1. There is not strong evidence
a. There are only a few studies on HFOV on its effect on alveolar inflammation
b. HFOV was used as a “rescue therapy” in “failed conventional ventilation,” despite
“rescue” a high percentage of patients died
a. Expensive equipment and costs to train
b. hard to justify from an economic standpoint
Need for sedation and paralysis
a. Paralysis can cause ICU acquired muscle weakness
b. Sedation may delay weaning
3. Safety
a. increased occlusion of pulmonary arterial pressure
b. decreased stroke volume
c. risk of pneumothorax
d. risk of barotrauma
What does research say in terms of
2002- A randomized control study concluded that high-frequency
oscillation is a safe and effective mode of ventilation for the treatment of
acute respiratory distress syndrome in adults.
2006 - HFOV was used as a rescue therapy in very sick patients with
refractory hypoxemia, and improvement in oxygenation was observed
after 24 hours of this technique. HFOV is a reasonable alternative when a
protective lung strategy could not be achieved on conventional ventilation.
2012 - High frequency oscillatory ventilation was associated with better
early oxygenation and shorter hospital stay compared to synchronized
intermittent mandatory ventilation in preterm neonates with hyaline
membrane disease
2015- Compared with CV, the use of HFOV in ARDS was not associated
with a significant reduction in mortality. But the physiologic parameters of
patients in HFOV group were better than those in the CV group.
pH = 7.26
CO2 = 64
O2 = 60
HCO2 = 28
1)Interpret the ABG
2) What changes would you make on the HFOV?
What is the difference between the Carefusion 3100A and 3100B?
What are some disease treated with HFOV?
1Hz = how many bpm.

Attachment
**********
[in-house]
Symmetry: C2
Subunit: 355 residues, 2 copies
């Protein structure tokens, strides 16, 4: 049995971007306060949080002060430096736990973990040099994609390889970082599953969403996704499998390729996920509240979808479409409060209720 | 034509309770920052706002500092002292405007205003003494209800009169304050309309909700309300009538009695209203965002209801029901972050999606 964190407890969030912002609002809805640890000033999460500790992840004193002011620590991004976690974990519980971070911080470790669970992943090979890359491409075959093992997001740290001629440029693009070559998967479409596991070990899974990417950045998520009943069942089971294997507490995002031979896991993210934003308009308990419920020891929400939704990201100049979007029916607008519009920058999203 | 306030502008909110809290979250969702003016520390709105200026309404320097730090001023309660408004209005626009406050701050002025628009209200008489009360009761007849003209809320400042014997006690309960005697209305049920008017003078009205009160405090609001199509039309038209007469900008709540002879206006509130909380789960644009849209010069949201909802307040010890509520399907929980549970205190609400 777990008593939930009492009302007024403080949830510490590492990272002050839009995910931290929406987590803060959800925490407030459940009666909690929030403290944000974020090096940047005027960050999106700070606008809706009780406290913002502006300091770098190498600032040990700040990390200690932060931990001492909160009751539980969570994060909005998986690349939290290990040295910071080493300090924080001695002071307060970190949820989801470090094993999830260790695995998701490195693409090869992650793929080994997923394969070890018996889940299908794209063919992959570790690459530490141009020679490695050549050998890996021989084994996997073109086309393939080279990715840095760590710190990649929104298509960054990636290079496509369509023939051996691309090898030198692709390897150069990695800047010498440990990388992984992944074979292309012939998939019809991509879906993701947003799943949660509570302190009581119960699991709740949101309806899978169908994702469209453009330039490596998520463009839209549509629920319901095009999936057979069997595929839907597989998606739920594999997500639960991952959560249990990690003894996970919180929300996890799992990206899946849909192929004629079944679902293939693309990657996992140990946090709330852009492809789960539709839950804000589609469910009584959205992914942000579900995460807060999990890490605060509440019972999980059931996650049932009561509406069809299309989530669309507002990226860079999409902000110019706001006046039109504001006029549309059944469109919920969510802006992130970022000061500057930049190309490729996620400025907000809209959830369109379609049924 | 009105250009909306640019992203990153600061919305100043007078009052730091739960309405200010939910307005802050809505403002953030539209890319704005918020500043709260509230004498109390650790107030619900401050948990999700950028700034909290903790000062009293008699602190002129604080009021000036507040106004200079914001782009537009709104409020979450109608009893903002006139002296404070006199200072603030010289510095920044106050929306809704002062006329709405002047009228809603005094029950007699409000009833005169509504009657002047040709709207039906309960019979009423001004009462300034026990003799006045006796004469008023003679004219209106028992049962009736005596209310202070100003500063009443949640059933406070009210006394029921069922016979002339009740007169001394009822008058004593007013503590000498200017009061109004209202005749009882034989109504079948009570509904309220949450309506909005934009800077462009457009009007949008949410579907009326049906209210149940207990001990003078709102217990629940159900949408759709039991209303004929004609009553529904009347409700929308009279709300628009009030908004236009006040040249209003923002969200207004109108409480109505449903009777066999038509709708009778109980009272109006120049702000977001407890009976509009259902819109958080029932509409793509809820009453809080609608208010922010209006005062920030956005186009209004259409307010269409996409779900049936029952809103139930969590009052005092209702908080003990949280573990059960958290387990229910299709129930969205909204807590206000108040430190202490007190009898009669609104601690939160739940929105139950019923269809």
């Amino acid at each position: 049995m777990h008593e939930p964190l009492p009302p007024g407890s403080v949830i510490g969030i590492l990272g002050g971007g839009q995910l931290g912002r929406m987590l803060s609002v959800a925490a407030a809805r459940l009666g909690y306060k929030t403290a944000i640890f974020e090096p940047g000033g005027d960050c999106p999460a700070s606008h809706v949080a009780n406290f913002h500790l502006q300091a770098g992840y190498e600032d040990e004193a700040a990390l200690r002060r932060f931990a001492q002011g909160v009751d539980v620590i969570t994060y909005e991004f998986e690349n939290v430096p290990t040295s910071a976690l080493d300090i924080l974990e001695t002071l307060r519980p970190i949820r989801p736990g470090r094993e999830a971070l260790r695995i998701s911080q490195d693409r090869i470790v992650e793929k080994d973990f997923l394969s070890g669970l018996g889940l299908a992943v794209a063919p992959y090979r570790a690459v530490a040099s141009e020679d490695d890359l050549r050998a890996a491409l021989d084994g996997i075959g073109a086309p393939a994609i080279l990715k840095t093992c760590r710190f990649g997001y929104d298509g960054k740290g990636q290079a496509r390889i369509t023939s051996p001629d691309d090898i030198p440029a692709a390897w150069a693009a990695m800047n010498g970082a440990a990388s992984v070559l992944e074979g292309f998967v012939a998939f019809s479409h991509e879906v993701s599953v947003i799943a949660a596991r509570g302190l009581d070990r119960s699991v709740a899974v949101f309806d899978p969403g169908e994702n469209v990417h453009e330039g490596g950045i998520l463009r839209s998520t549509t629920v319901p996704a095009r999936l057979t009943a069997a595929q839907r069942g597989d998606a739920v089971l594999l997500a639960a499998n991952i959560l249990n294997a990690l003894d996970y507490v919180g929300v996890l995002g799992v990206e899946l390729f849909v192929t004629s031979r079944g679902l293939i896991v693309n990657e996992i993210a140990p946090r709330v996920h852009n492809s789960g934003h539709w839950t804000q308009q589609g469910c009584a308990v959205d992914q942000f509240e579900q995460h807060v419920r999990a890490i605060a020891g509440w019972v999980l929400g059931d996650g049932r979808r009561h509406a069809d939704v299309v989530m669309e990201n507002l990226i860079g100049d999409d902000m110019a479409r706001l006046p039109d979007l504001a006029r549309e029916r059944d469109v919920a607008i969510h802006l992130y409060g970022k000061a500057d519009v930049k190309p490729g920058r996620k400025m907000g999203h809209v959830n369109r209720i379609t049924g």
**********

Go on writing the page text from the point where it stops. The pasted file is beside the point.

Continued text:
What does MAP have an effect on?
What does Delta P (amplitude) have an effect on?
What is PPHN?
Donn, S. (2012). High Frequency Oscillatory Ventilation. In Manual of neonatal respiratory care (3rd ed.). New York:
Fessler, H, MD (2007). Does high frequency ventilation offer benefits over conventional ventilation in adult patients with
acute respiratory distress syndrome?
Jonathan M. Klein, MD, Management Strategies with High Frequency Oscillatory Ventilation (HFOV) in Neonates Using
the SensorMedics 3100A High Frequency Oscillatory Ventilator, 2015
Pillow, Jane J PhD. (2005). High frequency oscillatory ventilation: Mechanism of gas exchange and lung mechanics.
S. P. Stawicki, MD, Munish Goyal, MD, and Babak Sarani, MD, FACS, High-Frequency Oscillatory Ventilation (HFOV) and
Airway Pressure Release Ventilation (APRV): A Practical Guidem, Jurnal of Intensive Care mediicin 2009.
Stephen Derdak, Sangeeta Mehta, Thomas E. Stewart, Terry Smith, Mark Rogers, Timothy G. Buchman, Brian Carlin,
Stuart Lowson, John Granton, and the Multicenter Oscillatory Ventilation for Acute Respiratory Distress Syndrome Trial
(MOAT) Study Investigators High-Frequency Oscillatory Ventilation for Acute Respiratory Distress Syndrome in Adults A
Randomized, Controlled Trial, ATS Journal 2002.
Javier D Finkielman1, Ognjen Gajic2, J Christopher Farmer2, Bekele Afessa2 and Rolf D Hubmayr2*The initial Mayo Clinic
experience using high-frequency oscillatory ventilation for adult patients: a retrospective study, BMC2006.
SN SINGH, GK MALIK, GP PRASHANTH, ANITA SINGH ANDMALA KUMARHigh Frequency Oscillatory Ventilation versus
Synchronized Intermittent Mandatory Ventilation in Preterm Neonates with Hyaline Membrane Disease: A Randomized
Controlled Trial, Inidan Pediatrics, 2012
Wang H, Sun T, Wan Y, Kan QThe effects of high frequency oscillation ventilation on patients with acute respiratory
distress syndrome: a Meta-analysis and sequential analysis of trial], Europe PubMed 2015